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Hanford Clean Up, WSU Wheat

Posted by | July 23, 2008

Research to Help Hanford Clean Up

Markus Flury, WSU professor of soil physics, and Jim Harsh, WSU professor of soil chemistry, and colleagues from the Pacific Northwest National Laboratory in Richland, the Los Alamos National Laboratory in New Mexico, and the Idaho National Laboratory in Idaho Falls, have received a three-year $1 million grant from the U.S. Department of Energy to continue research on the fate of radioactive waste that has leaked from underground tanks into the soil.

The project will focus on development of a defensible conceptual model for long-term colloid mobilization and colloid-facilitated transport of radioactive waste in the semi-arid vadose zone at the Hanford site in Washington State.

The vadose zone is an unsaturated or partially saturated area that lies between the soil surface and the water table. A colloid is a mixture where one substance is dispersed throughout another. Familiar colloids include milk, fog, cheese and gelatin. In this case, the colloidal soil may speed the movement of Cesium-137 and other radionuclides.

“The importance of this work is to understand the basic mechanism of how contaminants move through the soil, so we can make predictions for the future and enable DOE to make long-term predictions for cleanup,” Flury said.

Many radioactive elements are known to attach very strongly to soil particles–but colloids in the soil can carry them farther than one would expect. Soil typically contains a lot of colloids to which radioactive particles can attach, but is not known how these colloids move through soil material, particularly in arid regions where water content is low. This study seeks to determine what happens if the soil particles themselves detach and move, becoming an important mechanism for movement of contaminants through the soil system.

“We use experiments and models to provide a basic understanding of how these contaminants can potentially move by way of colloids and predict its magnitude. For example, although Hanford is typically very dry, what happens with contaminants in situations of extraordinary rainfall or snow melt?” Flury said.

The experiments proposed in this study will use conditions specific to the semi-arid Hanford site, yet the models will be extendable to other waste sites in arid regions such as the Yucca Mountain site near Las Vegas in Nevada.

For more information on Flury’s research, please visit: http://tinyurl.com/59u4yp.

Markus Flury, WSU professor of soil physics is a co-recipient of a grant that may help Hanford in its cleanup efforts.

Markus Flury, WSU professor of soil physics is a co-recipient of a grant that may help Hanford in its cleanup efforts.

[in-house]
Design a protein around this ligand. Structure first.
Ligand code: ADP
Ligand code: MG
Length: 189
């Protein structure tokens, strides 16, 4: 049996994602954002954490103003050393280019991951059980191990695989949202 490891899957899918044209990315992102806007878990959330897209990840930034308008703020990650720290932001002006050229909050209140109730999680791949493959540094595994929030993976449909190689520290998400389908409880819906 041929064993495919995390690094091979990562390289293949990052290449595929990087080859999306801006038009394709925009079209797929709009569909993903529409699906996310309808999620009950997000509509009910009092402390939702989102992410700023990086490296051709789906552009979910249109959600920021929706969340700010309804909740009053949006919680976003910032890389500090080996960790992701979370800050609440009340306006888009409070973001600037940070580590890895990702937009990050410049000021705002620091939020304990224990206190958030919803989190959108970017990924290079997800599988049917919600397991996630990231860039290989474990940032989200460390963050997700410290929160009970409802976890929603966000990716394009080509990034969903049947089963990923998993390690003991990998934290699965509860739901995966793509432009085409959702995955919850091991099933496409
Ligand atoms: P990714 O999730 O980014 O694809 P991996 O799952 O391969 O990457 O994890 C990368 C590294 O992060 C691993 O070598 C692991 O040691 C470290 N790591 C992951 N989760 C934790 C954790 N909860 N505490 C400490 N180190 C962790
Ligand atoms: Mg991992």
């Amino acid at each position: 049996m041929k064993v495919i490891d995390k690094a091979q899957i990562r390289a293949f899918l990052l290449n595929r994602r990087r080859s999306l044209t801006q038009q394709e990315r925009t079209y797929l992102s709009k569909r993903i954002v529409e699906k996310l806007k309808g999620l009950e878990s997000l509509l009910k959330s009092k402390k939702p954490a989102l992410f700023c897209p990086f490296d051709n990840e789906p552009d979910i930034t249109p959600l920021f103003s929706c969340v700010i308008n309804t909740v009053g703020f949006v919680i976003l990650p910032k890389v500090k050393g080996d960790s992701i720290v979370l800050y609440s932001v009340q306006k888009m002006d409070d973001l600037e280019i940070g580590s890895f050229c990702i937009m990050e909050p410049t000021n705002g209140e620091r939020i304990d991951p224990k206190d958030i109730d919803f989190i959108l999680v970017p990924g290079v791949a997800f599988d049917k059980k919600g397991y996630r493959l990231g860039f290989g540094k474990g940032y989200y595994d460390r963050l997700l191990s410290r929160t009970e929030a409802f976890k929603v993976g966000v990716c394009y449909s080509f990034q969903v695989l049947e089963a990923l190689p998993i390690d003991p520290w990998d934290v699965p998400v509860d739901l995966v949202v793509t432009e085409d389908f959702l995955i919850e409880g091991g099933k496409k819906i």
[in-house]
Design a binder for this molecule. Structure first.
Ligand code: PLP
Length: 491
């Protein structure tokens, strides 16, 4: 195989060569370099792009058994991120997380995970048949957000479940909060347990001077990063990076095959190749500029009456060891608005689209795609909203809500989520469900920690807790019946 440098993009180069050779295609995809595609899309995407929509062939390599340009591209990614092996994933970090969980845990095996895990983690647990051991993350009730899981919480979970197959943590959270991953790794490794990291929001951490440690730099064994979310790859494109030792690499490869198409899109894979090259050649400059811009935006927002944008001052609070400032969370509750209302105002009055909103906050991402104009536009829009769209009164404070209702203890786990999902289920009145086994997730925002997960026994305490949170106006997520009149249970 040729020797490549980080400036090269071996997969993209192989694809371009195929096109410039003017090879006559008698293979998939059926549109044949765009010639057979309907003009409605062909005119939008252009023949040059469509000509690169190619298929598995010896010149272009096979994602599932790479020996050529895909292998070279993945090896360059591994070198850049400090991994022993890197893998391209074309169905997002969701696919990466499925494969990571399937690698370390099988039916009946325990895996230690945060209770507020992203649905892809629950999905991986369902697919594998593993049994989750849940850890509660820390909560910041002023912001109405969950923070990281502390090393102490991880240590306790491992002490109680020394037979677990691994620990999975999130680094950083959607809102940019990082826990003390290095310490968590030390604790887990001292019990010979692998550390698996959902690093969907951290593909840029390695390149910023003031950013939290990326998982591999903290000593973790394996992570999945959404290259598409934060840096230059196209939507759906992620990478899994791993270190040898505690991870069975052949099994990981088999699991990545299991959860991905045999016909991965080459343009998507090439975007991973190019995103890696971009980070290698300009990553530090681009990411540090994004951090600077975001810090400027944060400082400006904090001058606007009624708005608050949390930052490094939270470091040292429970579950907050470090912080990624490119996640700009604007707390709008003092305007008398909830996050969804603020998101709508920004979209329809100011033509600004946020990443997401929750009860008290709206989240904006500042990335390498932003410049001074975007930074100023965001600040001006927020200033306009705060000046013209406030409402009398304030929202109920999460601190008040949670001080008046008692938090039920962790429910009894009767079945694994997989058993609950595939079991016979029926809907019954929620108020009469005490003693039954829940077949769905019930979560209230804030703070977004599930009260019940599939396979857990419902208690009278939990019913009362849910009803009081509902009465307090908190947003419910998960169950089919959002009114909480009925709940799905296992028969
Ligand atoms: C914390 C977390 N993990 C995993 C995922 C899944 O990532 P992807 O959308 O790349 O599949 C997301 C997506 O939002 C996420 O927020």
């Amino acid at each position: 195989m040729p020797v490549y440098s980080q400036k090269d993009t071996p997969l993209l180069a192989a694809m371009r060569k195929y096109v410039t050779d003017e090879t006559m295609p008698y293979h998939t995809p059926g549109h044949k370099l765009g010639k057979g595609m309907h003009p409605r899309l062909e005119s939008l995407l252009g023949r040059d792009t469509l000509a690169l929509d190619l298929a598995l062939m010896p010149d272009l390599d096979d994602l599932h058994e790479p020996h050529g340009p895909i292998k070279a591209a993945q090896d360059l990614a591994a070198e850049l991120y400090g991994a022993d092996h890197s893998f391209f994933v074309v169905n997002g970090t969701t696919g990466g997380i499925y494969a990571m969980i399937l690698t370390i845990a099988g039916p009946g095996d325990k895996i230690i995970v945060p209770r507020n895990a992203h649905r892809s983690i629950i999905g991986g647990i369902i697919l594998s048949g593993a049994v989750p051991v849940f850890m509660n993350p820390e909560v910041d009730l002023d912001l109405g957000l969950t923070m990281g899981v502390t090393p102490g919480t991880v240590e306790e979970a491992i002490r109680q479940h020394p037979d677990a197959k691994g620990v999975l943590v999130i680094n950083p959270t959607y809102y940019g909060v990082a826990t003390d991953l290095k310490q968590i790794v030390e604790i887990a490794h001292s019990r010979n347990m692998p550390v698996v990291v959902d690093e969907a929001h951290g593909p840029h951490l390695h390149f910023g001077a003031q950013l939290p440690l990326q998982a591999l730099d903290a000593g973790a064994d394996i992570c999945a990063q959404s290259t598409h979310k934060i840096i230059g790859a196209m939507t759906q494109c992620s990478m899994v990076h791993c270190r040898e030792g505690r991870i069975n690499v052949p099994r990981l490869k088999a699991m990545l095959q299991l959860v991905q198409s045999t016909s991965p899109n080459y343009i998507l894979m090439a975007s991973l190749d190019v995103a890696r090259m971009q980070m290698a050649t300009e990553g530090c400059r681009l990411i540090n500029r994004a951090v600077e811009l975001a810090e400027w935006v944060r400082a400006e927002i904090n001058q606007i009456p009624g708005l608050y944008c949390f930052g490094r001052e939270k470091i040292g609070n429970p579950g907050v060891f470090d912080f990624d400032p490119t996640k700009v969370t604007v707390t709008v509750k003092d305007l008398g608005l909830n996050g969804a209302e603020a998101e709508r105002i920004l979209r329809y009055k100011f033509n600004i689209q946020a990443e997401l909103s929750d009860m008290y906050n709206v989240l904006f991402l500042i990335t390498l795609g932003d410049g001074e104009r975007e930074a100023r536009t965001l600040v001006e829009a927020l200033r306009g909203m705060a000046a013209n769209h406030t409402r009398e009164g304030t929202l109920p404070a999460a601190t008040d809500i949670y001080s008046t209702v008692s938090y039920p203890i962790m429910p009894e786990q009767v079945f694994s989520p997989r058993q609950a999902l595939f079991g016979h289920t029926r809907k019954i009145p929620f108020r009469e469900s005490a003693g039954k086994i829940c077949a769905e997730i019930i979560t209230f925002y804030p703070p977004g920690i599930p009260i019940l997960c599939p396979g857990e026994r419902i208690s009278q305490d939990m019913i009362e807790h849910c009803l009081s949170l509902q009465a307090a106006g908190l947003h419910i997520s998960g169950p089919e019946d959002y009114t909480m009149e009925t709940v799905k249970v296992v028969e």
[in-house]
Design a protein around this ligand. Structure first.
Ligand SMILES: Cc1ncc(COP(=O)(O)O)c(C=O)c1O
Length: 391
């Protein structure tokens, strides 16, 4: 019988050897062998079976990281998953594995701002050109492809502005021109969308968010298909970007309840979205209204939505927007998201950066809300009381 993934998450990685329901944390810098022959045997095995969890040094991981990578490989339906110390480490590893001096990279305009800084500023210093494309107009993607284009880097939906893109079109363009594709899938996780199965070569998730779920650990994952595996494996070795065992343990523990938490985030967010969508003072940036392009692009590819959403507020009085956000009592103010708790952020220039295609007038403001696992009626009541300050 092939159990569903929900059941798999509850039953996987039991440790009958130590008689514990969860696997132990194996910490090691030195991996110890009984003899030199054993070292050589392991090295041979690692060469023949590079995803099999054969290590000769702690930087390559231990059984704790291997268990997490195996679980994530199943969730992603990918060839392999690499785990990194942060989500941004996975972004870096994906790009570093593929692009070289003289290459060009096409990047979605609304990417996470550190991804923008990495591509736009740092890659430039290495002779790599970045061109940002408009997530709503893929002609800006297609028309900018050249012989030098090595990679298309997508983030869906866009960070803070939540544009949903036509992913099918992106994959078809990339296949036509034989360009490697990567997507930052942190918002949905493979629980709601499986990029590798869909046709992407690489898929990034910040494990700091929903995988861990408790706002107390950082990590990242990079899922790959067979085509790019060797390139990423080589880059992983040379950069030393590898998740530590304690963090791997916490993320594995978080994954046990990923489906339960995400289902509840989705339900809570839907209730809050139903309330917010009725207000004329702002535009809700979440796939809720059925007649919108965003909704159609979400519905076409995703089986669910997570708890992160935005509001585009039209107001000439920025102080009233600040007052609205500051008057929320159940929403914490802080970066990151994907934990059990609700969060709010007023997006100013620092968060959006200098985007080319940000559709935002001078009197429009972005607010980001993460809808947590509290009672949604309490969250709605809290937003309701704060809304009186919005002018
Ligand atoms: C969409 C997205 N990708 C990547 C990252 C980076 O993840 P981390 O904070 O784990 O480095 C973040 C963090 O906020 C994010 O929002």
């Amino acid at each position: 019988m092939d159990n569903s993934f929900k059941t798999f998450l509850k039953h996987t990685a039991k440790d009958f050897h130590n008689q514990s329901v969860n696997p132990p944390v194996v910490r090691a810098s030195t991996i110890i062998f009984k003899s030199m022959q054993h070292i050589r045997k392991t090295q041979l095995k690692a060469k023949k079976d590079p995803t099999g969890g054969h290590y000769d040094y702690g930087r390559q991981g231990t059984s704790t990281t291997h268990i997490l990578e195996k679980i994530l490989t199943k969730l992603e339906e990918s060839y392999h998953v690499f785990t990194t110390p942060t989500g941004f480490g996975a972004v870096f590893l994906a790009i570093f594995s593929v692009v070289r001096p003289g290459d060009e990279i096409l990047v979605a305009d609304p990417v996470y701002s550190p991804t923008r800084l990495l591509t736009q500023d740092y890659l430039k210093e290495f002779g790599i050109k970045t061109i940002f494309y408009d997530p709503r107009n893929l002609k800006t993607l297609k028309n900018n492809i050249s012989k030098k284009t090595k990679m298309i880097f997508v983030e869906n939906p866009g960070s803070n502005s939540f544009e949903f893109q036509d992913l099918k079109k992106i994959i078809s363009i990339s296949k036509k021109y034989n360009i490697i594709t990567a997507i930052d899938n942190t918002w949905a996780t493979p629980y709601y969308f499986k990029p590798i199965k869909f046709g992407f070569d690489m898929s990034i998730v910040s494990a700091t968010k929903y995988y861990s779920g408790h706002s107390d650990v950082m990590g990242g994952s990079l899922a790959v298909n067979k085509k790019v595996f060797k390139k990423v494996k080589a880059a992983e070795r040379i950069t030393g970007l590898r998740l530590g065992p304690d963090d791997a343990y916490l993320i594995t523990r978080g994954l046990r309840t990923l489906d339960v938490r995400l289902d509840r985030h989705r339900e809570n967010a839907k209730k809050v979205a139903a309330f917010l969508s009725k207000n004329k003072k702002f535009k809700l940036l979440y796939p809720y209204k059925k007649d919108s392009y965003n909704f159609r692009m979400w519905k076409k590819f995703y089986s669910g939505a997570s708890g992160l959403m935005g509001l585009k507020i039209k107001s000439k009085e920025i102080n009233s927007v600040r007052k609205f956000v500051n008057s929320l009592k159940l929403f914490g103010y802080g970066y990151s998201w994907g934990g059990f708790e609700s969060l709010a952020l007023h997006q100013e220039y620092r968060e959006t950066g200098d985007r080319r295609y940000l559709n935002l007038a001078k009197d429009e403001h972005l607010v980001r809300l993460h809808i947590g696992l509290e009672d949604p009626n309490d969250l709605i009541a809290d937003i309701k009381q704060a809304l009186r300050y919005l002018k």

WSU Wheat Varieties Again Dominate Washington Acreage

Spring and winter wheat varieties developed by WSU scientists continue to dominate Washington’s growing wheat acreage, according to 2008 statistics recently released by the National Agricultural Statistics Service of the U.S. Department of Agriculture.

Overall, total acreage planted in wheat in the state has increased by 250,000 acres in the past year. Winter wheat acreage grew by 80,000 acres to approximately 1.8 million; spring wheat grew by 170,000 acres to about 620,000.

“Washington wheat growers are among the leaders worldwide in quality and productivity,” said Dan Bernardo, dean of the WSU College of Agricultural, Human, and Natural Resource Sciences. “Their support of and partnership with WSU wheat breeders contributes significantly to that success.”

In particular, growers have adopted a new spring wheat variety, Louise, developed for release in 2007 by Kim Kidwell, WSU spring wheat breeder and associate dean of academic programs of CAHNRS. According to the statistics, Louise is the top variety of common spring wheat planted in the state, at 155,000 acres. That’s almost double the 80,800 acres planted with Louise in 2007, and represents one of the first times a spring wheat has ranked second in the overall wheat acreage in the state.

Eden, a white club spring wheat also developed by Kidwell, was the only white club variety reported, for a total of 7,500 acres. Hard red spring wheat variety Hollis, another variety developed by Kidwell, ranked in the top three varieties of hard red spring wheat planted in the state.

“The success of our breeding program is determined by how many acres of our varieties are grown by Washington wheat producers. It is very exciting for us to have released the number two wheat variety grown in the state,” Kidwell said.

In winter wheat, WSU professor Stephen Jones’ Bauermeister variety topped the hard red winter wheat category with nearly 75,000 acres planted. His varieties of soft white club wheat – Bruehl and Edwin – held two of the top three spots in that category.

“Bruehl, in particular, is looking good in this very dry year. It also is an excellent emerger, so it should continue as the number one club wheat next year as well,” Jones said.

Both Kidwell and Jones noted that there are several promising new varieties due to be released in time for next year’s planting, including Xerpha (soft white winter), Farnum (hard red winter), Whit (soft white spring), and Kelse (hard red spring).

“Although our recent releases are terrific, we truly believe that our best varieties may be yet to come,” said Kidwell.

Wheat varieties developed at WSU continue to dominate Washington acreage.

Wheat varieties developed at WSU continue to dominate Washington acreage.